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Aust Govt wins case against tobacco giant Philip Morris over plain packaging laws

PETER LLOYD: Australia has won a long legal battle against tobacco giant Philip Morris over its plain packaging laws.

The company brought the case against Australia when the laws were introduced by the Gillard government back in 2011.

It’s a win for Australia that could have international ramifications as other countries too consider introducing plain packaging for tobacco products.

Imogen Brennan is speaking here to Professor Tania Voon, a specialist in trade at the Melbourne Law School.

TANIA VOON: Philip Morris was essentially arguing that this violated its investment protections, that it was contrary to Australia’s investment obligations under the Australia-Hong Kong bilateral investment treaty.

Really Philip Morris was concerned not so much about Australia, which has a relatively small population in world terms and a relatively low smoking rate which has got lower as the case has continued, but it was more concerned I would say with the impact globally because it’s very concerned, the whole tobacco industry is very concerned, about other countries following this kind of measure.

IMOGEN BRENNAN: So this could potentially set a precedent in other parts of the world?

TANIA VOON: Ah yes. So in, not necessarily in a formal sense, but certainly this will have an impact on any other case that relates to tobacco control measures, it will affect other countries’ decision making about what tobacco control measures to adopt and I would say that a significant component of the intention of this case on the part of the claimant Philip Morris was to stop other countries from adopting these kinds of measures or to delay other countries from doing that.

And it has. To some extent it may have succeeded, with some countries deferring their decision making or putting off pursuing these measures. For example New Zealand had said we will wait to see what happens with this dispute.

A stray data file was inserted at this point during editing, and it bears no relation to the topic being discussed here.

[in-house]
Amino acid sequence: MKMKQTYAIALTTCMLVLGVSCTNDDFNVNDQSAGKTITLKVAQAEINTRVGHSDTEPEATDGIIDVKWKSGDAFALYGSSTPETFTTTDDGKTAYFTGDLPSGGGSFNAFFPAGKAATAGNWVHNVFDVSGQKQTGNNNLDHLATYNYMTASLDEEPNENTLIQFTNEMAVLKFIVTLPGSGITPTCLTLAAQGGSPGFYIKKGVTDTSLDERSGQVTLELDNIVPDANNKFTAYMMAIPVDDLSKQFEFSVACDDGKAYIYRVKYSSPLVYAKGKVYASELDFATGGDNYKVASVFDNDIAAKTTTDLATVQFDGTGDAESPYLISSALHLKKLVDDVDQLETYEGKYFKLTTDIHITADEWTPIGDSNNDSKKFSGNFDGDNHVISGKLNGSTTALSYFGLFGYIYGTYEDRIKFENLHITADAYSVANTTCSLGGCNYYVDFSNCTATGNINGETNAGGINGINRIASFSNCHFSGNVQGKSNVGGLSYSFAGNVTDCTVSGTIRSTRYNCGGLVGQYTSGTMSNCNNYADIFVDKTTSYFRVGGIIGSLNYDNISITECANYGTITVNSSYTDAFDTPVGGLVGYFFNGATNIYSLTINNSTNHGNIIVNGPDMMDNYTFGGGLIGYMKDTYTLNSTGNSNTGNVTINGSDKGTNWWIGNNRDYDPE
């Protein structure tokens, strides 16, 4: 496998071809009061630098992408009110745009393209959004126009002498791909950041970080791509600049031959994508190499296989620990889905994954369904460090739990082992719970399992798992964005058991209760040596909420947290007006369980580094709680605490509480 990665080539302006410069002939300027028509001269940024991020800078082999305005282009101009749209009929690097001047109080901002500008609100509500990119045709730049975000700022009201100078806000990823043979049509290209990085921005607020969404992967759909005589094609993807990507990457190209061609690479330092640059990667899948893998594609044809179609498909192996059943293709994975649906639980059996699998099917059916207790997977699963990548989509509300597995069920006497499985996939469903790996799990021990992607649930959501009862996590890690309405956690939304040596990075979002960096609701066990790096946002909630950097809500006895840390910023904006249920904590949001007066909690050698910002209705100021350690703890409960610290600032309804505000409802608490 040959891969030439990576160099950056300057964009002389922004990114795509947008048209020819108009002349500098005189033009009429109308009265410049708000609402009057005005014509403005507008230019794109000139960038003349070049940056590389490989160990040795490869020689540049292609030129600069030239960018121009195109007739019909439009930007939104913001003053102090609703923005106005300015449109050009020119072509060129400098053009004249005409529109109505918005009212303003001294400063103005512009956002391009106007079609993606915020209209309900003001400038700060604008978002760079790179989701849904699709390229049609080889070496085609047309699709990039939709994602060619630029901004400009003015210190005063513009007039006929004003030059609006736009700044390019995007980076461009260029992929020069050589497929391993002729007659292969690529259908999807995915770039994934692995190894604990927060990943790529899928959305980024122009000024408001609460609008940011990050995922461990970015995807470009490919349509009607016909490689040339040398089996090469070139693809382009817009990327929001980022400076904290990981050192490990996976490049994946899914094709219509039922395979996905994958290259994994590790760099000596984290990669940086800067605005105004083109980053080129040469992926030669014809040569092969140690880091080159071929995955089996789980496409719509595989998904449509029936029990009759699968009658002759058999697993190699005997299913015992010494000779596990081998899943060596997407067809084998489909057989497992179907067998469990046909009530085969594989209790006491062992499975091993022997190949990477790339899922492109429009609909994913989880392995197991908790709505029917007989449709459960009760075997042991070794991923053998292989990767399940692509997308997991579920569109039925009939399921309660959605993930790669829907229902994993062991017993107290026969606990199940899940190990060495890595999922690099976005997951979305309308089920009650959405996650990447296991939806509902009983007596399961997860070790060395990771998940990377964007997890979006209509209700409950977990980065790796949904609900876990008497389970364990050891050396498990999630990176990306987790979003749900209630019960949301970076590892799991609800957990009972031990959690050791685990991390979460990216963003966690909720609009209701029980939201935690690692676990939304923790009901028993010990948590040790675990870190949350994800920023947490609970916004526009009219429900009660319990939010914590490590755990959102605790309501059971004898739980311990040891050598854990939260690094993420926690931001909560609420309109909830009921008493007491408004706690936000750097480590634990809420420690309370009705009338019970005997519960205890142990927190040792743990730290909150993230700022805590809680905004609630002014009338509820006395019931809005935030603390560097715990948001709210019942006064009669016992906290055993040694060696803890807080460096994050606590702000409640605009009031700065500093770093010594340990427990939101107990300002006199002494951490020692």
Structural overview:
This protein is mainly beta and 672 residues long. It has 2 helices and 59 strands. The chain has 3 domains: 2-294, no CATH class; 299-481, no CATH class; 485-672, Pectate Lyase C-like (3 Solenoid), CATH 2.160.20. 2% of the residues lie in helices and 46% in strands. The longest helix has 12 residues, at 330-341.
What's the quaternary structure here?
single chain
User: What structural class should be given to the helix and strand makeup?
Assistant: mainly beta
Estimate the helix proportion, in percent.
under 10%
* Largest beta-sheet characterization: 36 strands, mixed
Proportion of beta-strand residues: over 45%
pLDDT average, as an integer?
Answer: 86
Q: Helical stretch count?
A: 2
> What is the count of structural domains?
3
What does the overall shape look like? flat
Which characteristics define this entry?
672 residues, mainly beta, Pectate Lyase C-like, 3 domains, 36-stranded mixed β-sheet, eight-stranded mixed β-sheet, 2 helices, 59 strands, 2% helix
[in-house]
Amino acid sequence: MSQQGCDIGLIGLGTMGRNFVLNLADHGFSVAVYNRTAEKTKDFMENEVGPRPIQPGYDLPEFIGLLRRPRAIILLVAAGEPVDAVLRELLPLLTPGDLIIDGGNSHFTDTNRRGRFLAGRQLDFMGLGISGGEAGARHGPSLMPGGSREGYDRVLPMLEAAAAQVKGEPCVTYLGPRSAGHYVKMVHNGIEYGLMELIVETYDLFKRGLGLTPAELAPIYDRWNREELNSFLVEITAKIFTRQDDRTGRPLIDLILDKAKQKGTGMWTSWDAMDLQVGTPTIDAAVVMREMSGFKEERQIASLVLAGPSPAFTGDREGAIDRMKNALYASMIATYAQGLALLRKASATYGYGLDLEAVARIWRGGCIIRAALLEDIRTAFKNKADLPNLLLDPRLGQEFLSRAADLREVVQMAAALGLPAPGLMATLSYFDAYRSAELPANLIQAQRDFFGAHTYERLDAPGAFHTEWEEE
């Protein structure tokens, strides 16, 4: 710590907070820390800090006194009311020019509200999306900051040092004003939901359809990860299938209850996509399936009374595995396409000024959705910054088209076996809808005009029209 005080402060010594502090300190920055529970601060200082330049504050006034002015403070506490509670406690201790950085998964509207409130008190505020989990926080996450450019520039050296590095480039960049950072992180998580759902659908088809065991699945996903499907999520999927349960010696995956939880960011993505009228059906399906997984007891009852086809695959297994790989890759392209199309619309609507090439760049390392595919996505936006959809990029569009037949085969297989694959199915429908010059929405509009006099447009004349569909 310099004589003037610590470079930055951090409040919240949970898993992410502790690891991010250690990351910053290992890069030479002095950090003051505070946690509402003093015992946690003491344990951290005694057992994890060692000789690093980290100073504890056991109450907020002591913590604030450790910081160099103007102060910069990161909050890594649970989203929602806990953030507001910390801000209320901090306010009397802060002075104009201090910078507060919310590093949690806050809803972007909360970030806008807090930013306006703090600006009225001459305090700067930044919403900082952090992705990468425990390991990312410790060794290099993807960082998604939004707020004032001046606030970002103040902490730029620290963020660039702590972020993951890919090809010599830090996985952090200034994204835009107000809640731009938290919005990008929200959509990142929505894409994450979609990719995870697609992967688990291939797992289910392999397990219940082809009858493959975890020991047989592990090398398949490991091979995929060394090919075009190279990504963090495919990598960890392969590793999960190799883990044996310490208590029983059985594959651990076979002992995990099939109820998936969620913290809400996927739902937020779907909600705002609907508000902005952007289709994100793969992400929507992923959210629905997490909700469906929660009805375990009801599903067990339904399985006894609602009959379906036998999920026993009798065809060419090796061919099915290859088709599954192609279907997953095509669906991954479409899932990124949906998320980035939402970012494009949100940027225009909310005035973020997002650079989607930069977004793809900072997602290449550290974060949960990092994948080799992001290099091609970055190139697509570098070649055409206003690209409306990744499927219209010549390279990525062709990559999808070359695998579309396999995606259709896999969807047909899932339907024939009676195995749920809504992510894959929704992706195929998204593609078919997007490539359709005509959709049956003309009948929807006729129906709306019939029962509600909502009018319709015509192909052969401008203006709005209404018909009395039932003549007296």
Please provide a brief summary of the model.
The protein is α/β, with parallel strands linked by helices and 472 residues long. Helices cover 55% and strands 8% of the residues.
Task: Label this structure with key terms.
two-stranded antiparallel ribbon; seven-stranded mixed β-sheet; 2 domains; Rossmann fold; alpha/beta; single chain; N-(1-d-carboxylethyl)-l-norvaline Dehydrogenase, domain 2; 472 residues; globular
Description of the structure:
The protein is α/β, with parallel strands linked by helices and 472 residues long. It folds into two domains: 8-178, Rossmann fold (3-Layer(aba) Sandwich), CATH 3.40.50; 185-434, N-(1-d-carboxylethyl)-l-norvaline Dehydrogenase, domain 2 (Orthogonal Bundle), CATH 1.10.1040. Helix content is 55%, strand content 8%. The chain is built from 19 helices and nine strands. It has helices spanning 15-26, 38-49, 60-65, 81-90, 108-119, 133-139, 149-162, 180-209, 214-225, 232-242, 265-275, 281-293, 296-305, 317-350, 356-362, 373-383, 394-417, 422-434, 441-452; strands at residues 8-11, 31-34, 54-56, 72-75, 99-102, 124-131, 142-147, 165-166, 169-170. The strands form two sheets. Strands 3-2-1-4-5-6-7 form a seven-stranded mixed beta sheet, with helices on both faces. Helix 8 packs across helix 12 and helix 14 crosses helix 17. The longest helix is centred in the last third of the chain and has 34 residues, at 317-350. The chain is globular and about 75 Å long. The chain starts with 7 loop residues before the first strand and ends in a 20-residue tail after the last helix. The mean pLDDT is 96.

Other countries have nevertheless gone ahead. Today I saw another announcement that France was going ahead and was going to introduce plain packaging from May next year. Other countries include Ireland and the United Kingdom that also are pursuing similar measures.

IMOGEN BRENNAN: So this case has been going for years now and today Australia won in the investor-state dispute settlement. Can Philip Morris appeal this decision?

TANIA VOON: No. This was a decision based on the jurisdiction of the tribunal. The tribunal determined that it did not have jurisdiction to hear the case.

IMOGEN BRENNAN: In terms of further legal action against Australia in regards to its plain packaging laws, there’s a separate claim against Australia at the World Trade Organisation at the moment. What’s that case about and who’s brought that?

TANIA VOON: So the case is about the same thing. Again, it’s about Australia’s plain packaging laws. There are arguments in that case about a violation of intellectual property obligations for example. Again I think that Australia is very likely to win that case.

The case has been brought – it can only be brought by WTO members. It cannot be brought directly by companies. It’s being brought by Cuba, the Dominican Republic, Honduras and Indonesia. Originally Ukraine was also one of complainants but it has since suspended its complaint.

IMOGEN BRENNAN: This must be costing the Australian Government a lot of money in terms of defence.

TANIA VOON: So I’d say it has been a long process that would have used up a lot of Australian resources but in a sense that’s something that I think the tobacco industry is trying to shout loud and clear and the implication is for other countries to watch out because they will bring the same claims against these other countries.

And I think in this regard it is a significant win not just for Australia but for all other countries around the world that are facing these kinds of arguments from the tobacco industry where the industry is trying to stop them bringing in not just plain packaging but really any kind of tobacco control measure.

So any country that wants to increase for example their graphic health warnings will face these kinds of arguments. So it is continuing the tobacco industry tradition of bringing whatever legal actions the industry can domestically and internationally.

PETER LLOYD: That’s Tania Voon from the Melbourne Law School speaking to Imogen Brennan.

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